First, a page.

I feel I should start this post by noting that it was snowing when I woke up this morning.
Specifically, it was snowing at sea level in Lauderdale on the day we were setting off to hike the three capes track (like many other Tasmanian's, we were taking advantage of the half price winter rates to check out the walk - the one's that work out really well if the weather is ... fine).
By the time we arrived at Port Arthur (slightly stressed due to a late departure) it had stopped snowing and it was hailing instead
I also confess that as we were waiting to board the boat, I did find myself wondering if maybe I'd made a slight packing mistake choosing to squeeze in an extra bottle of wine in my backpack instead of my raincoat, leaving me with only my light weight marmot rain jacket and my lightweight winter jacket to keep me warm and dry for the next four days.
|Notice all the hail on the floor.|
Then, just to cap off our introduction to what was supposed to be a lovely scenic boat ride across the bay, followed by a short four kilometre amble to the first hut, due to the strong winds and tide, the boat couldn't actually pull up onto the beach meaning we had to jump out into the water and wade to shore ..
That water was cold, and I say that as a Tasmanian that doesn't usually feel the cold.
Then we had a thunderstorm come through.
Don't think I missed anything there in terms of the winter experience - other than to note that by the time I had made it to the top of the beach, my feet were so cold they hurt and I was definitely thinking that the extra bottle of wine may have been a mistake.
OK, maybe I was thinking his whole stupid walk was a mistake, but lett's just stick with the wine story.
However, despite these little packing and meteorological misendevours, we survived our beach landing and once we had gotten our shoes back on and our feet warmed up again, all of the little stresses of getting ready and to the start point faded away and it was nice to just wander along and enjoy the simple pleasure of a heavy backpack, easy walking and some nice views as we strolled the four short kilometres to the hut.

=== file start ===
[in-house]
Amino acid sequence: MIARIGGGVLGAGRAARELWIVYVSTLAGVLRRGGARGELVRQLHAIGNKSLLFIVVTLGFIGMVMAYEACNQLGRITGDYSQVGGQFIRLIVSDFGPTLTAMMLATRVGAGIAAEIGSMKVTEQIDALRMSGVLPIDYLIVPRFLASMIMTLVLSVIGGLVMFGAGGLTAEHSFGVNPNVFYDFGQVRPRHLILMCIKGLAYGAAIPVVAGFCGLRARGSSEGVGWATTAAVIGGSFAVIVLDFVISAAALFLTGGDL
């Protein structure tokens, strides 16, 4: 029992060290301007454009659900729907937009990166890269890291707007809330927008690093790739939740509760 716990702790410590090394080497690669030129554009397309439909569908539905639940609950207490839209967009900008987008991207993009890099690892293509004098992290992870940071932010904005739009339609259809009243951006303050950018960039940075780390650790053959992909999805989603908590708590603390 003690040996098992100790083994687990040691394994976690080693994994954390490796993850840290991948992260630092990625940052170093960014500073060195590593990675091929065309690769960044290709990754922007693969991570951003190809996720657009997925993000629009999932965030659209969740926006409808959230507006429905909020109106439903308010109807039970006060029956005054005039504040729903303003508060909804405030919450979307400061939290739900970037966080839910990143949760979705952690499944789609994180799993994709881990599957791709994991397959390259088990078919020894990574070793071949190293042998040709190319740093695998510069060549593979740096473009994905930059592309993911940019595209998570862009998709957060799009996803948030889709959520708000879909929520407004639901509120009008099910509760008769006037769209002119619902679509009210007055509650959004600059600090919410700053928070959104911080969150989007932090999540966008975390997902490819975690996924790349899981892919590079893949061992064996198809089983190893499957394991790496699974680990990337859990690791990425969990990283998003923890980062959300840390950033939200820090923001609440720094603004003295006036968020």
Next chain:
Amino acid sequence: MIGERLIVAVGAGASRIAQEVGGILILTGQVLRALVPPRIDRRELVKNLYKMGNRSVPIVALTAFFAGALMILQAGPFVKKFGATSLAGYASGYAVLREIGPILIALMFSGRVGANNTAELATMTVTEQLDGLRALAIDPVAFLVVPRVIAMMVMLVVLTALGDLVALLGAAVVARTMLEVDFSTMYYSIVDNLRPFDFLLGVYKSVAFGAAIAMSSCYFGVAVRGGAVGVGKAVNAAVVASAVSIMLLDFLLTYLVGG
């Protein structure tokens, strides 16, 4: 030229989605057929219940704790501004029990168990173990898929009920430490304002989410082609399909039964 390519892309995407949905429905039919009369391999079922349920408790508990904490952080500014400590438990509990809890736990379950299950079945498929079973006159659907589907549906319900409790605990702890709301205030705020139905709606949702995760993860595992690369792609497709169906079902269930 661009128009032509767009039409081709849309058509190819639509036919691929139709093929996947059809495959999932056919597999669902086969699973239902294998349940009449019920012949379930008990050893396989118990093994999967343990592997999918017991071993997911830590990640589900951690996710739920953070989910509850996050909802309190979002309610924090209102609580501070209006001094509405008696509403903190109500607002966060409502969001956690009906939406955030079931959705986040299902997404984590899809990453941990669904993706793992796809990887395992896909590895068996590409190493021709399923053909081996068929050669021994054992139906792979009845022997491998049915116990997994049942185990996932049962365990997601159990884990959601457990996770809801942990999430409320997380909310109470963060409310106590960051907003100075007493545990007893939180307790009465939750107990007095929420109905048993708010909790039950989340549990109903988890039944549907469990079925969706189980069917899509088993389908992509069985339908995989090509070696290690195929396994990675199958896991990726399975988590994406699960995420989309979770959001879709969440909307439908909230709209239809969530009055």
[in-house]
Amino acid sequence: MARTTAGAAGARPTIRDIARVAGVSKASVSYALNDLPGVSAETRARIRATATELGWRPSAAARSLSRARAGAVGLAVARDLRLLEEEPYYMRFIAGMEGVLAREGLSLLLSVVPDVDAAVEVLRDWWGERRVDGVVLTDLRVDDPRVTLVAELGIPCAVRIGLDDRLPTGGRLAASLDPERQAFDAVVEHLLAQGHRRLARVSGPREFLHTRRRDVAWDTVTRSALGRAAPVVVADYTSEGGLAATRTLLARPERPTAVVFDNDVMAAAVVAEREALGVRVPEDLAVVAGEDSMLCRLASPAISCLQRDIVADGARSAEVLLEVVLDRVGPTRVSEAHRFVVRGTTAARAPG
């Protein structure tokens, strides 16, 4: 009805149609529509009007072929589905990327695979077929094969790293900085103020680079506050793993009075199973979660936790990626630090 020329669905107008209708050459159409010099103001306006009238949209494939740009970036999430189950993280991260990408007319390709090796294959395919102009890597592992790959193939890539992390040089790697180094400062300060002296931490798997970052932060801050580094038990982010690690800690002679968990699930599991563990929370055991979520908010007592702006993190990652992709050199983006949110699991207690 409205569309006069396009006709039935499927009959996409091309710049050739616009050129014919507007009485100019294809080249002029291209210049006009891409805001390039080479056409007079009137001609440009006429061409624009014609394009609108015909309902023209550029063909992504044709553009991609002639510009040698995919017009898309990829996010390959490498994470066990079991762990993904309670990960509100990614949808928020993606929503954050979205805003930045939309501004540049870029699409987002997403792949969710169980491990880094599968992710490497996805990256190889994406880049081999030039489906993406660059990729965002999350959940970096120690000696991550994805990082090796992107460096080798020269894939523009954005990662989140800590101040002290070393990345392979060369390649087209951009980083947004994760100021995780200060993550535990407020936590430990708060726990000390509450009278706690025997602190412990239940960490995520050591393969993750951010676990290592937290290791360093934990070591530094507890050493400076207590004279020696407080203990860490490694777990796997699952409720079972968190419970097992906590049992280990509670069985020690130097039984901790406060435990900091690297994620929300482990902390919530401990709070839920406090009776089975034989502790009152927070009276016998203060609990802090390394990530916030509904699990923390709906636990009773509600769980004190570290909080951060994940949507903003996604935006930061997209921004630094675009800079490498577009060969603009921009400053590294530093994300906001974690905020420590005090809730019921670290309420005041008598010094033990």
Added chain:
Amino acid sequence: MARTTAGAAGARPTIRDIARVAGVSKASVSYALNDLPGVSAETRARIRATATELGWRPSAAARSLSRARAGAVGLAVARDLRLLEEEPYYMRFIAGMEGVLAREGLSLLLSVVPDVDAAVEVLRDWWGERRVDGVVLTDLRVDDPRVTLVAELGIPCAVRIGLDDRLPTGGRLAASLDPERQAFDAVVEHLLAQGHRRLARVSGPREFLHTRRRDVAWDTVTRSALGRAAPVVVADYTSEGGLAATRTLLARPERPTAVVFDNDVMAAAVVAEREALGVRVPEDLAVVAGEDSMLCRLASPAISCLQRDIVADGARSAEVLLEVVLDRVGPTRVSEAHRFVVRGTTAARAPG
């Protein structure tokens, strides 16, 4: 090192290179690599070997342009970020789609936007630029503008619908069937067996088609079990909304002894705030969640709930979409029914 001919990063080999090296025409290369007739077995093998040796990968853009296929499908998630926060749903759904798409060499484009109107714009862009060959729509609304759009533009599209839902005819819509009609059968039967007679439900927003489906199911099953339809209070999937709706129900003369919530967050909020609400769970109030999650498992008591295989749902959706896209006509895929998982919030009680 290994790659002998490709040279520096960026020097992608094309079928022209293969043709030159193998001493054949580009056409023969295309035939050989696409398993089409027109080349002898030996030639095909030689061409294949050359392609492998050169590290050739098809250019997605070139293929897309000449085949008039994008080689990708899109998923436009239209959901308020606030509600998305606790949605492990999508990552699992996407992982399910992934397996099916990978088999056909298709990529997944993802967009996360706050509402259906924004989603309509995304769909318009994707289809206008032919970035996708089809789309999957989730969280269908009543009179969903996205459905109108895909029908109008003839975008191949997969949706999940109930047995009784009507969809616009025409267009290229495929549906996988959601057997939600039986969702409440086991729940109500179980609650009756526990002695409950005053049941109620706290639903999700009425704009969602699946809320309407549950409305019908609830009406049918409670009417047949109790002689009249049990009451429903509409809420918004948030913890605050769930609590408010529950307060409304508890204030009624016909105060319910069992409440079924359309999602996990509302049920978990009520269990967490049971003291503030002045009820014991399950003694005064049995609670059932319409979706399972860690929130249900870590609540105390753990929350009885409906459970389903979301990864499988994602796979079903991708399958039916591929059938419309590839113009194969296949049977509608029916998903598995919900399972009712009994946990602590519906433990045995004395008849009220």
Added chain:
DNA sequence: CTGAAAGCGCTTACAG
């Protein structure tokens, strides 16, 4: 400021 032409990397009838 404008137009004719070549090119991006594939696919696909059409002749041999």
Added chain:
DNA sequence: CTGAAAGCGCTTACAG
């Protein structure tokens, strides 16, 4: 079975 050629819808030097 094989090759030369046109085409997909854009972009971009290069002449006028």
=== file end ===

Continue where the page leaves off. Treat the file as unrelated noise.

OK, that's what I would have written if this were for some travel magazine. In truth (between dodging thunderstorms and playing with hail) I spent most of the time puzzling through that odd phenomena that arises from walking a really short day. Am I the only one that has noticed that really short activity days always seem to take much, much longer than they should? You know the internal conversation: "Are we there yet?". "Nope, we've only walked 600 metres". "600 metres?!?!?, but we've been walking for ages".
Then two minutes later ... "Are we there yet?"
Expectations are a bitch.
Eventually (like it must have been nearly forty minutes) we emerged over a small crest and were greeted with our first nights accommodation, and it looked impressive ...
|No - this is not our first nights accommodation.|
It turned out that there were only 11 people (including the four of us) doing the walk, which meant that couples and individuals could basically break up and take a room each which was kind of nice. I suspect it's still nice when there are 48 people coming through, but our small numbers really added to the experience for me.
I also have to say that I was extremely impressed with the whole setup, especially as I sat in the nice warm kitchen, sipping a hot coffee while looking out the window towards Cape Raul as 60km/hr winds buffeted the building. I couldn't help but think that this was my kind of camping.
That night, Kim and I had some nice big steaks and veggies with a nice gravy, washed down with red wine for dinner.
Not bad at all ... though I still can't figure out why short days seem so long.